For too long the study of impoverished Puerto Ricans living in the fifty states has been undermined by the use of broad generalizations. Puerto Ricans have been statistically grouped with all Latinos, studied with models developed for understanding African-American life, and written about as if New York's Puerto Rican community was the only such community worthy of detailed study. This book changes all that. In this important new work, Susan Baker looks beyond the traditional models and rewrites the origins, current state, and reasons behind Puerto Rican poverty.The book tells the story of how Puerto Ricans have left the Rustbelt cities to return to the island or to seek job opportunities elsewhere. Those left behind are predominantly poor women with dependents who live in segregated neighborhoods with little chance of finding low-skilled jobs because of competition from non-citizen, non-politicized workers.In her alternative explanation, the author presents data from across the country and puts forth an explanation that is grounded in Puerto Rican history and sensitive not only to the interconnectedness of the island and mainland population, but also the increasing distress faced by Puerto Rican women and the sad truth that Puerto Rican citizenship in this country is a second class one.
Through voicemail, apps, websites, and Twitter, Boston’s sophisticated 311 system allows citizens to report potholes, broken streetlights, graffiti, and vandalism that affect everyone’s quality of life. Drawing on Boston’s rich data, Daniel T. O’Brien offers a model of what smart technology can do for cities seeking both growth and sustainability.
To outsiders, the state of Utah often conjures many unsurprising stereotypes and images: Mormons, polygamy, large families, national parks, and skiing. Is there more to Utah and its residents than these generalizations? Few doubt that the religious institutions in Utah affect the state’s quality of life in many ways. But it is equally true that numerous features of the population are steadily and profoundly altering the very nature of Utah and its residents. This book describes the many fundamental demographic, social, and economic pressures that will likely alter the state’s path in the future.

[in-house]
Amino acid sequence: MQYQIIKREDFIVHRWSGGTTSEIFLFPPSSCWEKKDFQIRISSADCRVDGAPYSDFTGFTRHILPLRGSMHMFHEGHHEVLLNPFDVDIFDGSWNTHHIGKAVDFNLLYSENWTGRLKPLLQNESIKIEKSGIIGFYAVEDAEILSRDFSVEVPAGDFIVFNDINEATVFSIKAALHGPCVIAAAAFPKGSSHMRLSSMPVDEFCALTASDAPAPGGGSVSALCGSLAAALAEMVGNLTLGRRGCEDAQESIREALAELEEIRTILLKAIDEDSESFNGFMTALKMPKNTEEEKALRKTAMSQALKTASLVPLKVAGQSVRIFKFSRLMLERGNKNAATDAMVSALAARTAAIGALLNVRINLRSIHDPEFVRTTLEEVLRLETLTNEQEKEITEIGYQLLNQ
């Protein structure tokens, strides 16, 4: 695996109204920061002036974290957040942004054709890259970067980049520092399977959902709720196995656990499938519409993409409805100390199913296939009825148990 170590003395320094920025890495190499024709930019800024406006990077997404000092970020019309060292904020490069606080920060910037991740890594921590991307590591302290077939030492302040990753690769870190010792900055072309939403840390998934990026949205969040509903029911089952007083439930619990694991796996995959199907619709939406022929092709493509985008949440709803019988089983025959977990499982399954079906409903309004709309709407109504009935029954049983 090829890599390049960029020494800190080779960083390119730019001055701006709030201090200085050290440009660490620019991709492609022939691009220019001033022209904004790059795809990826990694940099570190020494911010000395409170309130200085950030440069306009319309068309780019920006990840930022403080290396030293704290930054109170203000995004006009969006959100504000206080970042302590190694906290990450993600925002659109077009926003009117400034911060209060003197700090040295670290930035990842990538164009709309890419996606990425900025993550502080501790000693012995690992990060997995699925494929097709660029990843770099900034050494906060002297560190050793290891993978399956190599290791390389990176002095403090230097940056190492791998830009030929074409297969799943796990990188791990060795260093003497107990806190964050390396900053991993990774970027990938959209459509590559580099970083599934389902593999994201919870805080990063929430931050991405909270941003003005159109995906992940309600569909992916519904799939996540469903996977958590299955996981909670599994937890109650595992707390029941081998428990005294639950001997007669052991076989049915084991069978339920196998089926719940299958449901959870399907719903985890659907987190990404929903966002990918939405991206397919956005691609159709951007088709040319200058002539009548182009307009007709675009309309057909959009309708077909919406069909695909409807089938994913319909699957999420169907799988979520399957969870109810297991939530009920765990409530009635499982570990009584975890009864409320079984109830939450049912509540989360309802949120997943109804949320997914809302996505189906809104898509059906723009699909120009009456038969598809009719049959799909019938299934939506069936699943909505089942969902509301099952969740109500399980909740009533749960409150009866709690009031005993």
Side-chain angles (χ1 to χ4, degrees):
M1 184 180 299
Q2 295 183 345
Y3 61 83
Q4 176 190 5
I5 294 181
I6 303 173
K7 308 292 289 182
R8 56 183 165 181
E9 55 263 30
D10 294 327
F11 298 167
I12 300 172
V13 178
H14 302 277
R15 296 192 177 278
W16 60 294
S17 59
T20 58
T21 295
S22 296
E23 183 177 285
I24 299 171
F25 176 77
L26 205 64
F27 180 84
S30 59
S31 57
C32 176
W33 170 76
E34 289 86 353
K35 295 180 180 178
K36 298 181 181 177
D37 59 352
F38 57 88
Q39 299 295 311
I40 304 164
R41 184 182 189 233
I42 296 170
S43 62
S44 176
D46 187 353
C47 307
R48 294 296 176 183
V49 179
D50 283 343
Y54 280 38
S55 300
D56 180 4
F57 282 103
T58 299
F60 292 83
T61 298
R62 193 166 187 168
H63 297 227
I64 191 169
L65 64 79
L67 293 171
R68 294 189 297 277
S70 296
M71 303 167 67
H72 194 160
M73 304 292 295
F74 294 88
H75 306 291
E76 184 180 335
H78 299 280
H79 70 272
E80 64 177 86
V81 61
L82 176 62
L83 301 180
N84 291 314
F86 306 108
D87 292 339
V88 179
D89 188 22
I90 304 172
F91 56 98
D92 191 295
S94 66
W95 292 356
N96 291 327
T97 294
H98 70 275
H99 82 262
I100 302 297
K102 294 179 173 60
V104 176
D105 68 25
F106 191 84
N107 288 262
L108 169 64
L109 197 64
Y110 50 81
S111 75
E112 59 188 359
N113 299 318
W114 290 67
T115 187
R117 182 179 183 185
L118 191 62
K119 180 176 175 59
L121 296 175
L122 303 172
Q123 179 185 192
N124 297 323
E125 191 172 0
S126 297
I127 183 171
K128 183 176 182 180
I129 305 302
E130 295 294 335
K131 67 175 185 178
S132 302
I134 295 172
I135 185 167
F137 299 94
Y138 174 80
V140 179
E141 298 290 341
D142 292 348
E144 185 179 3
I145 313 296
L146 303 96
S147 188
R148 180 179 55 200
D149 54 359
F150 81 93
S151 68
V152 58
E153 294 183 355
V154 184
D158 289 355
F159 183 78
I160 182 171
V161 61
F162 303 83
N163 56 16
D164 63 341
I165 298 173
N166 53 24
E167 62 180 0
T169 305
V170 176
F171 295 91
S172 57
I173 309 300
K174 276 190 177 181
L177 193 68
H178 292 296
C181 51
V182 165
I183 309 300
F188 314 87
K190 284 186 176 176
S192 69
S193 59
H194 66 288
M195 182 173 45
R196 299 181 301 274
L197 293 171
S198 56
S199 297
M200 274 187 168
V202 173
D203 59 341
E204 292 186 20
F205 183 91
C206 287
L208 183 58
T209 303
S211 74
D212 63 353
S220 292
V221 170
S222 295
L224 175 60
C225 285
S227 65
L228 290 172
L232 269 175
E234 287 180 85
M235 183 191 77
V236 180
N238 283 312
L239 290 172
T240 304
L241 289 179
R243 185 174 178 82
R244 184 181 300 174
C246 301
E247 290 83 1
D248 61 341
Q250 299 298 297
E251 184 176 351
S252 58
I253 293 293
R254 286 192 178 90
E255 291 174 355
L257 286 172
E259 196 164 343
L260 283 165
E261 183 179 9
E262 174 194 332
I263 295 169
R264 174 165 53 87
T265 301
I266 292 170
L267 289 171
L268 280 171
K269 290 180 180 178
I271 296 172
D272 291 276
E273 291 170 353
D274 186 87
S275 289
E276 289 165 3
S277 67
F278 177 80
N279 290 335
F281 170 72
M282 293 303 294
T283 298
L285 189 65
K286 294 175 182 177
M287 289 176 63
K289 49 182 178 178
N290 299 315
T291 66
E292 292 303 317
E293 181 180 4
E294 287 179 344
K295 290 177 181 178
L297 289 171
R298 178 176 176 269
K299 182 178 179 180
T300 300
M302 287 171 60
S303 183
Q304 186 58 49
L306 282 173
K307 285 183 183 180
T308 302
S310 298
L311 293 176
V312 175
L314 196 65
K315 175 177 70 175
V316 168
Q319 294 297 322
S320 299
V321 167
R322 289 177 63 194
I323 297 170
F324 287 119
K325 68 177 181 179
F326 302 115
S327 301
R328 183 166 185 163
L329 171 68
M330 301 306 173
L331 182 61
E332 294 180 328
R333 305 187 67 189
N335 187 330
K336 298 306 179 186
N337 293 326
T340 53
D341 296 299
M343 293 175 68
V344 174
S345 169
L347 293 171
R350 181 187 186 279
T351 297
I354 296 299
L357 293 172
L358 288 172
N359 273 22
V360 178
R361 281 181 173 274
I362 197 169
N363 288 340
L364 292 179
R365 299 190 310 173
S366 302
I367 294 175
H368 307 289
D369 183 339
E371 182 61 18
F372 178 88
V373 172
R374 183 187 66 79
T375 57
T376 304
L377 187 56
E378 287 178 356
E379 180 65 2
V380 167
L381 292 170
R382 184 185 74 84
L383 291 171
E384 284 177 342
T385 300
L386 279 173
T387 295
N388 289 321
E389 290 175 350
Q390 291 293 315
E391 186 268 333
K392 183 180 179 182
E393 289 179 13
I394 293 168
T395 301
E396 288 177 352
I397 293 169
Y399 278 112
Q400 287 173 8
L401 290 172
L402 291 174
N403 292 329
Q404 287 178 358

Utah’s leading social scientists and population-related scholars draw on their specific areas of expertise and analyze Utah’s population using recent sources of data such as the 2000 U.S. Census. The chapters are organized into three broad topical sections: the foundations of Utah’s population (basic demographics), how the nature of the population affects our daily lives (quality of life issues), and the public policy challenges that will face Utah’s leaders (emerging issues).
Without a Tout is a practical, no-nonsense guide to building models for team sports. Making predictive models accessible to the nontechnical reader, the book describes a class of handicapping methods based upon careful analysis of sports data and thorough testing of model performance.
There is recreational betting---this can be fun. There is betting out of necessity or perceived necessity, induced perhaps by poverty or addiction---this is sad. And there is rational betting---betting when it makes sense to do so---this is a test of wit. Without a Tout is about betting when it it makes sense to do so, when the odds are in our favor. Data-driven models presented in this book show us when the odds are in our favor.
Applications of models and good modeling practice go well beyond the world of sports. They have relevance to any competitive arena. We can predict which product will be chosen, what consumers are willing to pay, or which firm will win in the marketplace. As long as there are relevant data from the past and ways of keeping score, we can use models to our advantage.